Links to the past
The Bergmans, whose many award-winning songs include "The Way We Were" and "The Windmills of Your Mind," drew on their experiences as well as their jazz research. Their lyrical ballad "An Autumn Afternoon," for instance, springs from an afternoon the Bergmans spent with Carmen McRae, an old friend, a few months before the singer died.
There's a song about Billy Tipton, a jazz musician who started life as Dorothy Tipton, and another about trumpeter and singer Chet Baker. Songs chronicle lives too of composite and fictional characters -- a lounge pianist fending off drunks, lovers separated when music gigs take them out of town, a street musician with a great sound.
Gelbart, who calls himself "a recovering clarinetist," quips that he got involved with "Like Jazz" just to hear the music every night. A Tony winner for both "A Funny Thing Happened on the Way to the Forum" and "City of Angels," Gelbart was so impressed when he heard the show's songs that he immediately asked if he could write the liner notes if and when it ever became a CD. Not only did the Bergmans agree, he says, but a while later they called and asked him to write the whole thing.
There is neither plot nor traditional book to "Like Jazz," and Gelbart says that's as it should be. Since the songs tell the stories, he says, he's mainly writing song introductions and transitions. "You don't want to say what the song will say," Gelbart observes, noting that his entire play script is probably no more than 10 pages long. "You help create a mood."
Besides Gelbart's book and Birch's dances, the Taper production also includes three new songs. One of them is an ensemble number called "Quality Time," already in the show. But not finished for early previews were two additional numbers, written for White and Austin.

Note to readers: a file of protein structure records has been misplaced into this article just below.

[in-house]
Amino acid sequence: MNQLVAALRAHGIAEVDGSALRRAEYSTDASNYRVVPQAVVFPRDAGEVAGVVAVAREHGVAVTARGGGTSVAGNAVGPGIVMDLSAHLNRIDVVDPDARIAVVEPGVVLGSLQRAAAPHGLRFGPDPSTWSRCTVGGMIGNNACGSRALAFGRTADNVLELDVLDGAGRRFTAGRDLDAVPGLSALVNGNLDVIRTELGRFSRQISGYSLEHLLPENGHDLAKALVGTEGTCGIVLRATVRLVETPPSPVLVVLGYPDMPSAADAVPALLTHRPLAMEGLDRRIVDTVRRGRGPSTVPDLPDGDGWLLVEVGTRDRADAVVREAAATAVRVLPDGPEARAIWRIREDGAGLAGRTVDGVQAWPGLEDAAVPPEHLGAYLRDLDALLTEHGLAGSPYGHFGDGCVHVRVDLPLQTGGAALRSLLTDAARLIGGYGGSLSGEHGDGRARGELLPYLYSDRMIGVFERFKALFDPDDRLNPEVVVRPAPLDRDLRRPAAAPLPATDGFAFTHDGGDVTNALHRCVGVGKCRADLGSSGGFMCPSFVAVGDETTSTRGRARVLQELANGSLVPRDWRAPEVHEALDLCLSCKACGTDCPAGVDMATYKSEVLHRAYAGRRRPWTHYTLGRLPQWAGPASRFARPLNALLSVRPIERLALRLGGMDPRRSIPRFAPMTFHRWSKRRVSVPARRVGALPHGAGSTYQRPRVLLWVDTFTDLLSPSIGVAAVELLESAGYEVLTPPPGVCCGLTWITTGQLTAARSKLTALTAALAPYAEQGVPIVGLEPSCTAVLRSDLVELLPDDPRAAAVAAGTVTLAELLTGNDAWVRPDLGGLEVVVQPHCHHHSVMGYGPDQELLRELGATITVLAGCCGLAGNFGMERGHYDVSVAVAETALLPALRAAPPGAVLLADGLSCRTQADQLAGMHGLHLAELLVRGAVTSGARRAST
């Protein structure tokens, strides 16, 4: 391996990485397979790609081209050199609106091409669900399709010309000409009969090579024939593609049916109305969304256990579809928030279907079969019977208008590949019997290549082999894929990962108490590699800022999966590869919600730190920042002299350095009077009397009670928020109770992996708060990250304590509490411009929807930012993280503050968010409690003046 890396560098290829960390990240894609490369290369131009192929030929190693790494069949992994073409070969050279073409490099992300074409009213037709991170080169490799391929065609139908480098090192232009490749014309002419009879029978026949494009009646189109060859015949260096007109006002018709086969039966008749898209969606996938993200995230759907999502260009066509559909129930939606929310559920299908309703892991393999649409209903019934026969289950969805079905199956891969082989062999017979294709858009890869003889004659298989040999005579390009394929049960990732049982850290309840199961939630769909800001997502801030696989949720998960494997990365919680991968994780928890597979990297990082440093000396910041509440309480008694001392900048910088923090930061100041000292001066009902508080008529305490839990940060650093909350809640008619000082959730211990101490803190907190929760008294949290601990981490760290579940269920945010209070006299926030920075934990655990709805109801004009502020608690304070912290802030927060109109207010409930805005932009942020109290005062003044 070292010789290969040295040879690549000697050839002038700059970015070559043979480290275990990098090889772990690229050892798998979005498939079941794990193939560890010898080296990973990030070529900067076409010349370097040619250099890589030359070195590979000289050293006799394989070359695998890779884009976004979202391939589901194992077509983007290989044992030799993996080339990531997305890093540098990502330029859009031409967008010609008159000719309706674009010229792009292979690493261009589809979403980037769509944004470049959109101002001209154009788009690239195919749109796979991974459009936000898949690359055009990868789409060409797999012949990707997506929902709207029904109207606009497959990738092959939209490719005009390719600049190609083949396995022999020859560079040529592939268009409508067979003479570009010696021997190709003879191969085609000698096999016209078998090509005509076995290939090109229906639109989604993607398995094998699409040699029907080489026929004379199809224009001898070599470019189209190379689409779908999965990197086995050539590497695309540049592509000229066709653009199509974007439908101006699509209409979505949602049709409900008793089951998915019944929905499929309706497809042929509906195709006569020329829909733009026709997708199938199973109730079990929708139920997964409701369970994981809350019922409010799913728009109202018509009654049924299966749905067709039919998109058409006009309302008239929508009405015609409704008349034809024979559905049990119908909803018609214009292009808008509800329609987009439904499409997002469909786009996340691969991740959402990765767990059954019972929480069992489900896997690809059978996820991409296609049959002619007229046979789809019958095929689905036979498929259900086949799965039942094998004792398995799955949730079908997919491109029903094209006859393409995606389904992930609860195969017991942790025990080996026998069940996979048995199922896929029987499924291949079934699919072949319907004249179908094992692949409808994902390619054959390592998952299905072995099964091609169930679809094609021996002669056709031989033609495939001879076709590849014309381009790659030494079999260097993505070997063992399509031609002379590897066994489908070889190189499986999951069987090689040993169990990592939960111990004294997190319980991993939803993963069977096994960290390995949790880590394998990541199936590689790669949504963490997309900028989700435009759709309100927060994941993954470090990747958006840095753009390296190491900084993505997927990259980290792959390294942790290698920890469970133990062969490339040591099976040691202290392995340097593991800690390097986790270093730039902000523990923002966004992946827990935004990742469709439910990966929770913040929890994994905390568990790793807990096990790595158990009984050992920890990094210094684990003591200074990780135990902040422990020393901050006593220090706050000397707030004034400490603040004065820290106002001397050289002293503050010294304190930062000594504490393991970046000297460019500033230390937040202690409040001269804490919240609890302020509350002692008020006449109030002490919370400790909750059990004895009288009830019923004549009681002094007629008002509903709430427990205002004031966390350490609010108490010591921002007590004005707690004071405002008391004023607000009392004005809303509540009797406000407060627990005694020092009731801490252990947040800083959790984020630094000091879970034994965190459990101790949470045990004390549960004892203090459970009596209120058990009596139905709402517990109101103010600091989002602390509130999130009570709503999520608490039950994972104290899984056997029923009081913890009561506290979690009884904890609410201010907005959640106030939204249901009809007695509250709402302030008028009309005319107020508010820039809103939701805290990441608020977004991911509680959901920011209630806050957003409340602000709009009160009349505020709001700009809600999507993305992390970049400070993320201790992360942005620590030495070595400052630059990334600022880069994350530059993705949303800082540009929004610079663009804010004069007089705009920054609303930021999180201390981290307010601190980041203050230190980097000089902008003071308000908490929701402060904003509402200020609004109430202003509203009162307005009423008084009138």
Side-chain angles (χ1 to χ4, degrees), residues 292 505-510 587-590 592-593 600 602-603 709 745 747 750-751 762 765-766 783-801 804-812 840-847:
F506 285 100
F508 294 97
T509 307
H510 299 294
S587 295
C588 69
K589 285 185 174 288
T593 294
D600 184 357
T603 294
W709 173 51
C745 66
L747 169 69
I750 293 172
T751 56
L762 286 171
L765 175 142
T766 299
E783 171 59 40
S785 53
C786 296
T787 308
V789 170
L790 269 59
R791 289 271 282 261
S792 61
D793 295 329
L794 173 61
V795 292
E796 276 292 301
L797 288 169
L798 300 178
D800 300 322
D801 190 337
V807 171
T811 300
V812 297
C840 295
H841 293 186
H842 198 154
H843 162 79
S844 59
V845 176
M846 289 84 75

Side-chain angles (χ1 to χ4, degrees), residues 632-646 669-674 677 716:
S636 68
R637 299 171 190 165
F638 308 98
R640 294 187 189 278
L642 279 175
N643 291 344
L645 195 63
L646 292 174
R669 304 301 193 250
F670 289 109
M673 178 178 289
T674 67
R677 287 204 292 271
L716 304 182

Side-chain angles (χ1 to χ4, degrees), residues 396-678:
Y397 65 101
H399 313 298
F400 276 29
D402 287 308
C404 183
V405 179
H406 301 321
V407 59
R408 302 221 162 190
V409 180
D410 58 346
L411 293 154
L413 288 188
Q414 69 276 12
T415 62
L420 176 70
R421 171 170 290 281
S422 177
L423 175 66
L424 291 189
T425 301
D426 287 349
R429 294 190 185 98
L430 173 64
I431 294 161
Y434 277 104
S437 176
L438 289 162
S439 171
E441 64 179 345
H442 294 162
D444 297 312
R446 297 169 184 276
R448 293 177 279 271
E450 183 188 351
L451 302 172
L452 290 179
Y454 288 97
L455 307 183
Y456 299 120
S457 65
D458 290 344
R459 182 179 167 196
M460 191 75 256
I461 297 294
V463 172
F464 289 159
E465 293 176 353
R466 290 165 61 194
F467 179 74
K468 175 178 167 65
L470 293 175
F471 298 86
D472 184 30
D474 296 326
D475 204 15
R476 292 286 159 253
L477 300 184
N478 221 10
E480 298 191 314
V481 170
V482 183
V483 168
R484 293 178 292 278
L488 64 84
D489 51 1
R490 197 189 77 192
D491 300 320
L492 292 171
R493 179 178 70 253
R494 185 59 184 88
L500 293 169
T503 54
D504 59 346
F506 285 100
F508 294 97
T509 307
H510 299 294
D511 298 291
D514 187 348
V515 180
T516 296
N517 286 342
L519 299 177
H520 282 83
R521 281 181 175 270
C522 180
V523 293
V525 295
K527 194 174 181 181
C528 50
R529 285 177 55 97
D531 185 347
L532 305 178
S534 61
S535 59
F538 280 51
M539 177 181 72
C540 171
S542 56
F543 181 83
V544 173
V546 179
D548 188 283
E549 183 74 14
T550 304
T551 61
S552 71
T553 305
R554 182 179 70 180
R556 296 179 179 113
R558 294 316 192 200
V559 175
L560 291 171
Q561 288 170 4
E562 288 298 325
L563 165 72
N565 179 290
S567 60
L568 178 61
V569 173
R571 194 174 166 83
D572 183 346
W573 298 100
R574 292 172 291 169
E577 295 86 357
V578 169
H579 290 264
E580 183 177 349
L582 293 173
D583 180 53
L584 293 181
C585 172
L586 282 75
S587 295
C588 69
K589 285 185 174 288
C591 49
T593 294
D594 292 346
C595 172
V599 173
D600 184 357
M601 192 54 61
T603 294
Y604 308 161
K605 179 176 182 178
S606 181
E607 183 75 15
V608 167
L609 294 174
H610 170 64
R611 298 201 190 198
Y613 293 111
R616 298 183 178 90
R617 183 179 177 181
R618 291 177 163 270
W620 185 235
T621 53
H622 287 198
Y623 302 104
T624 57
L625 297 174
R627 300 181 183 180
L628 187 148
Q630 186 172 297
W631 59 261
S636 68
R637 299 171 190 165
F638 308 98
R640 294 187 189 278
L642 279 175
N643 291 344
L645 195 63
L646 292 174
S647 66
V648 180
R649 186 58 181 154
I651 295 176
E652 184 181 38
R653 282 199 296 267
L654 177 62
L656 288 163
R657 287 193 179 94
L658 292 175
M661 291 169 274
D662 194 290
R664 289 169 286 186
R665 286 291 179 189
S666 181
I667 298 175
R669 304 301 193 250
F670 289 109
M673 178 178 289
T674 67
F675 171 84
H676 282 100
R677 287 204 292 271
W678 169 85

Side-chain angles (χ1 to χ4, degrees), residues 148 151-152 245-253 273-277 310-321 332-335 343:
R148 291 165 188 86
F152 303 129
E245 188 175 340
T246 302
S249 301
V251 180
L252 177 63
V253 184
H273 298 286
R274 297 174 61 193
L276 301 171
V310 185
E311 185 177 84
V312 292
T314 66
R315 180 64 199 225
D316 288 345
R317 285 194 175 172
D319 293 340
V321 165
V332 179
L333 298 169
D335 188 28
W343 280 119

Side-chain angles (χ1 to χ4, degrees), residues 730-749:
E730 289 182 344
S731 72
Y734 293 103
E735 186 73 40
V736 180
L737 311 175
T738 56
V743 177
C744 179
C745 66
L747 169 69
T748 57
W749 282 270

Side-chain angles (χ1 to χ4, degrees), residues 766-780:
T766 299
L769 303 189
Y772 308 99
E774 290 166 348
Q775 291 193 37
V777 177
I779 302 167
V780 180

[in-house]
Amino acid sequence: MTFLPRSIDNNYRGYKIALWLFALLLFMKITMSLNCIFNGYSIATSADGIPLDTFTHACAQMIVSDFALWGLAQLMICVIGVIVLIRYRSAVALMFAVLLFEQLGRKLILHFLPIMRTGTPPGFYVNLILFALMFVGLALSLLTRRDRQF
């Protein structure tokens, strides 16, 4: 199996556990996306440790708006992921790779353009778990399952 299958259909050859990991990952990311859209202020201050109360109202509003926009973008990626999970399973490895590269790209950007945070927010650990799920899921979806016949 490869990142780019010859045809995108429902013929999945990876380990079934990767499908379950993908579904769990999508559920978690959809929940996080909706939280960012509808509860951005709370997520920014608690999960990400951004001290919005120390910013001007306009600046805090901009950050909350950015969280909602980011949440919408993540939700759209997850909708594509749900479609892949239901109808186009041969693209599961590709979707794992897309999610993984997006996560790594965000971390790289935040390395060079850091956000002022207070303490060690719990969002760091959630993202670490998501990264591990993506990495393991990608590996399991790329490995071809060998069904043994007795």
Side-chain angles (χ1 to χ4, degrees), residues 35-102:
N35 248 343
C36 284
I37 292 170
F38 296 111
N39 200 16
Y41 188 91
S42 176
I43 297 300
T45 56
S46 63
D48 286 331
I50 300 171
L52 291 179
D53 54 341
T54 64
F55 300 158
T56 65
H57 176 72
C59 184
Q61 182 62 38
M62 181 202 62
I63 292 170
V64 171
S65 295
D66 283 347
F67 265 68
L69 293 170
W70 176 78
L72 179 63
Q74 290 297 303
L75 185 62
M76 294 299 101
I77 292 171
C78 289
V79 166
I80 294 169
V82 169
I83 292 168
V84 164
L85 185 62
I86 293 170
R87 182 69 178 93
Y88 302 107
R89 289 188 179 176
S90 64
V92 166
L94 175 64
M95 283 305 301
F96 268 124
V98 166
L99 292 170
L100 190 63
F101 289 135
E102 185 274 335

"Lillias has this remarkable range and power, so the tendency is to give her comic material or vocal gymnastics," Coleman says. "But she was longing for a ballad. And then you have Patti, who is very smooth and lyrical, so the tendency is to give her the ballads. But Patti is probably the best scat singer since Ella Fitzgerald. So we decided to accommodate them both."
Given that there is no set order nor heavy scenery to worry about, Davidson says, "this is the kind of show that I can try one way one night, another way another night. We've sat with 3-by-5 index cards with titles of the songs on them, asking, 'What if we try this here? Or here? 'It's kind of a jigsaw puzzle."
The changes in the lineup, among other things, have presented still more challenges for the cast and creative team. But spirits in the rehearsal hall and theater are upbeat. "Anybody in the business knows of the Bergmans and Cy Coleman," says singer Cleavant Derricks, a Tony winner for "Dreamgirls." "Here's an opportunity to do new music that they've written. Who's not going to want to do that?"
Now toss in the band. For Coleman, "it's as good a band as I've ever heard. They not only play magnificently as an ensemble but there are stunning soloists. And we feature them. The band is a character; it's always on the stage, and you begin to be more and more aware of it as we talk about musicians and their lives."
Bands, of course, are expensive. "This is the third musical in a row I've done at the Taper at about this time of year," says Davidson, referring to earlier productions of "Flower Drum Song" and "Big River." "In each case, the cost of production exceeds what we, the Taper, can put in, and it's simply because an orchestra meter runs at a faster rate."
Davidson, who will be directing three Taper productions during this, his penultimate season at its helm, says the economic climate and cuts in arts funding made outside money imperative. "I couldn't go forward unless we found $1.5 million additional money to do it. And with the help of [associate producers] Rudy Durand and Bud Yorkin, we raised all the enhancement money from one source -- Transamerica."
While Davidson emphasizes "Like Jazz" is not a Broadway tryout, both "Flower Drum" and "Big River" did move on. Even if the show doesn't have a longer life, the songwriting team hopes they've written future jazz standards.
Songs like "All the Things You Are" and "Body and Soul" get into the jazz mainstream because more and more people play and sing them, observes Alan Bergman. "A song becomes a jazz song," he says. "It doesn't begin that way."
Where: Mark Taper Forum, 135 N. Grand Ave., downtown Los Angeles
When: Opens Thursday. Plays Tuesdays-Saturdays, plus Mondays Dec. 22 and 29, at 8 p.m.; Saturdays-Sundays, plus Dec. 23 and Jan. 21, at 2:30 p.m.; Sundays, 7:30 p.m. Dark Dec. 24-25, 31; Jan. 13-16.
Ends: Jan. 25
Contact: (213) 628-2772